Why HR needs to lead the culture club
If an HR director can’t be out of the office for three days without worrying about how things are back at the ranch, we have a problem. So how can HR seize the strategic higher ground?
My colleague, Iain Moffat, started off this series with an anecdote about an HR conference. It seems fitting, then, for me to open the final article with another HR conference. In this case one for those at director level, and one which had been so packed in previous years that the organisers added a third day, with the expectation of increased attendance. It wasn’t. In fact, it was only half as popular. Why the dramatic drop in attendance?
It’s my belief that those HR directors couldn’t spare a third day away from the office. However attractive the conference agenda, they just had to get back to their desks. Fair enough? After all, to some it might seem an indulgence to spend three days at a conference. If that agenda is important enough, that surely is sufficient justification, isn’t it? They simply had to get back to deal with operational matters. The ‘essentials’ of HR management ensured that they had to leave early.
This is worrying. If HR directors can’t be away from their desk for three days are they really fulfilling their strategic function? Is it because they are bogged down with operational issues preventing forward thinking? Dave Ulrich has always maintained that HR needs to split the operational from the strategic. The assumption is that HR should be seen as strategic and will therefore be welcomed at the top table, alongside board stalwarts in areas like finance, sales and operations.
Ulrich takes this further and sets a major challenge for all of us in HR. Our role, as he sees it, is to become an essential part of driving business success, and we will do this by ensuring that a business achieves value for its stakeholders, maintains and grows its talent, its leadership and its culture. In short, HR’s role is to transform business through structure, competencies and analytics.
His ideas about the core areas in which HR should be playing a leading part is nothing short of mind-blowing. It covers the whole range of organisational change, from achieving and maintaining organisational culture, to operational excellence, and designing and maintaining the appropriate incentives to realise those ends. A tall order indeed for anyone who can’t afford to spend three days away from their operation.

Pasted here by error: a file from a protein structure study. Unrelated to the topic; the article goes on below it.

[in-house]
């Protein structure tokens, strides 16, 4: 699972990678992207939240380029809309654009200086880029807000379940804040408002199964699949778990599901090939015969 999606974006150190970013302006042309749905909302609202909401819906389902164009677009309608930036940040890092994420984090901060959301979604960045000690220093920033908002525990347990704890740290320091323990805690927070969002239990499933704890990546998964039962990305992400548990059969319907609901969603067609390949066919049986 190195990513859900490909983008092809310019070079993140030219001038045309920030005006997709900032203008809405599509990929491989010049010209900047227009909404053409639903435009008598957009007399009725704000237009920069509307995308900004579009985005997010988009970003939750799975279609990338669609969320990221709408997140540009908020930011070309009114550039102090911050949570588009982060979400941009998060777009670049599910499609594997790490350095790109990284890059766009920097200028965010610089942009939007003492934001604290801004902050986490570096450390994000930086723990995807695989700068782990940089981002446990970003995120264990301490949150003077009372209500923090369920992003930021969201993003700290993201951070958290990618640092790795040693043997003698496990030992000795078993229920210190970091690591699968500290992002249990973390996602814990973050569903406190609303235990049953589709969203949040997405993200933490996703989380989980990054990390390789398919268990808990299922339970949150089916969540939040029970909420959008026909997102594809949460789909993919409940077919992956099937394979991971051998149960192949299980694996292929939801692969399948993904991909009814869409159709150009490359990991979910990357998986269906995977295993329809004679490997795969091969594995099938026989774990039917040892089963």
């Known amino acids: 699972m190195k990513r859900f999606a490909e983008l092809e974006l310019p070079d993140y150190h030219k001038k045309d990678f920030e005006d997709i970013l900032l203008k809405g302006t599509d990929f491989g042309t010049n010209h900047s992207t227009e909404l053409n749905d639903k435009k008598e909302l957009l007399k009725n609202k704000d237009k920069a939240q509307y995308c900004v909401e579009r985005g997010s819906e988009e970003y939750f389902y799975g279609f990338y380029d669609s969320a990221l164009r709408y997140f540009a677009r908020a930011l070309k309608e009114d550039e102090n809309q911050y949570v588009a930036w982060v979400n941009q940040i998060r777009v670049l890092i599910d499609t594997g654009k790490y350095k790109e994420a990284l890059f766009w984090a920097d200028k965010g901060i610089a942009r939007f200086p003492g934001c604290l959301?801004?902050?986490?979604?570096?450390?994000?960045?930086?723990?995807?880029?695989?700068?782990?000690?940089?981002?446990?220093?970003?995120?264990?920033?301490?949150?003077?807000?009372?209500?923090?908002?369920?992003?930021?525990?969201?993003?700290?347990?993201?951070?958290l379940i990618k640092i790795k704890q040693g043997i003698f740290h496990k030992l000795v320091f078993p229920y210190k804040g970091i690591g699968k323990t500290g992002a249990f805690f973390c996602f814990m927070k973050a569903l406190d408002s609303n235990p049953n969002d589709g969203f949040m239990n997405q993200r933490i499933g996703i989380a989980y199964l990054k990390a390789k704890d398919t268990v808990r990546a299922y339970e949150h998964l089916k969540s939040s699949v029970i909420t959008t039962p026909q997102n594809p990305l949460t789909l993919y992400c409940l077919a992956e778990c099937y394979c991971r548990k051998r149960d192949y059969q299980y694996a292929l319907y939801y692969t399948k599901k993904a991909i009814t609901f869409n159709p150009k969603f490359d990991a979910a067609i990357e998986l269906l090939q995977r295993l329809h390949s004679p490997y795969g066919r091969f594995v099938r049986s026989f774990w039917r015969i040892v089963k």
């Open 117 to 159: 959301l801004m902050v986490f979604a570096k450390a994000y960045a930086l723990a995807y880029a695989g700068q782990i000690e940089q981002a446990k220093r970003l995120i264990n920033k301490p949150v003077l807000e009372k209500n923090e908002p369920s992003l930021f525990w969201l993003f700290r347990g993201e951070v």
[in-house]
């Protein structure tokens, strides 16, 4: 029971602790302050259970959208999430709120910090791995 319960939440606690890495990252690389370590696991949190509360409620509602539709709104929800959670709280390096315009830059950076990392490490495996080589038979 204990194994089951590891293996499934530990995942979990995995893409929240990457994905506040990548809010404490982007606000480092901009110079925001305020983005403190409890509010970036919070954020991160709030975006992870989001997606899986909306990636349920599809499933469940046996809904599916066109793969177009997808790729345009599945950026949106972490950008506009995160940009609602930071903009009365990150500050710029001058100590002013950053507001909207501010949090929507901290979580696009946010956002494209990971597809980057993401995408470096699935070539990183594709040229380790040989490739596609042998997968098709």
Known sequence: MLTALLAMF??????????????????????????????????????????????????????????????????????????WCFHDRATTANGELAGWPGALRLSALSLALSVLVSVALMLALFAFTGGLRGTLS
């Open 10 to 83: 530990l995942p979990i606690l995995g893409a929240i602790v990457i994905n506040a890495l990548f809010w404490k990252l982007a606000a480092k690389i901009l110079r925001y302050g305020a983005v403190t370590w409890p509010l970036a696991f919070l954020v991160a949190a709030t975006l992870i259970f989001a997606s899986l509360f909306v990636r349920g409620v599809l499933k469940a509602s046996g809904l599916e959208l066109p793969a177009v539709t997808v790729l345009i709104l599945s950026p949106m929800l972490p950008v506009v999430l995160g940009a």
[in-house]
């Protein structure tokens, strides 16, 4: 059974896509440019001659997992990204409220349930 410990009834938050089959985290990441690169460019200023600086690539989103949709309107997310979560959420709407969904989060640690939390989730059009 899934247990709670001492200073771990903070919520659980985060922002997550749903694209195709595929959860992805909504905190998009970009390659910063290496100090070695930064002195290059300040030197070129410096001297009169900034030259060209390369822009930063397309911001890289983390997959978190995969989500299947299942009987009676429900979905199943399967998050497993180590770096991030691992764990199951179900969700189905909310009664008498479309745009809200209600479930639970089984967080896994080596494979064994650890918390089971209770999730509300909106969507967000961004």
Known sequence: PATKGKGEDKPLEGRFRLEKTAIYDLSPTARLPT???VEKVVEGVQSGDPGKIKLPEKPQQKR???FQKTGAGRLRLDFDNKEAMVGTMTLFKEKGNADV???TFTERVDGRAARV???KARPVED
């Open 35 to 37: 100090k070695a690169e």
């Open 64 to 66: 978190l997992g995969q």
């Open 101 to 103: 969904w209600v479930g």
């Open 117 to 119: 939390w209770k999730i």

The fundamental area for me is culture. Culture is far bigger than just a mission statement and some values. Ulrich maintains it is “what you want to be known for by your key customers”. Your culture gives you an identity among your customers, and when the external brand meets the internal culture, you have, so the theory goes, a winning formula. Once it’s established HR needs to do four crucial things:
- Communicate, articulate and clarify the message
- Enable employees to act
- Ensure all HR processes and policies are adjusted accordingly
- Make sure the leadership brand is consistent with the culture
This in itself creates a range of major issues. How is HR seen by the rest of the board? Can it rise to meet these challenges? How much is known and understood about the stakeholders and their need? Is HR ready to take up the lead on changing cultural and operational excellence? Or are you becoming a full time fire fighter?
If those ‘operational basics’ are still the main concern, as suggested by my conference experience, this is most certainly holding HR back from achieving that place on the top table. This doesn’t have to be the case. We can already – using technology – automate so many of the operational issues which have been the bread and butter of HR. As Iain’s article and the follow up by MHR’s Chris Kerridge on transforming talent management have shown, technology can be a major enabler if we embrace it fully. It’s the critical tool that will allow HR to move towards a more demonstrably business-led approach.
It’s that automation that will allow HR to focus more fully on strategy and strategic business issues. It will give us the data we need to start to have the board level discussions which Ulrich sees, as HR’s ultimate ambition.
The good news is, we already have the tools to enable us to deliver operational results more quickly and more easily. We also have the transactional analysis from that automation which can help us start to build the higher case for HR. So my hope is that next time an HR conference extends for a third day the venue will be packed to the rafters with HR directors all busy discussing how they are setting the business agenda for the future – and that they have the time to do just that - with nothing standing in their way.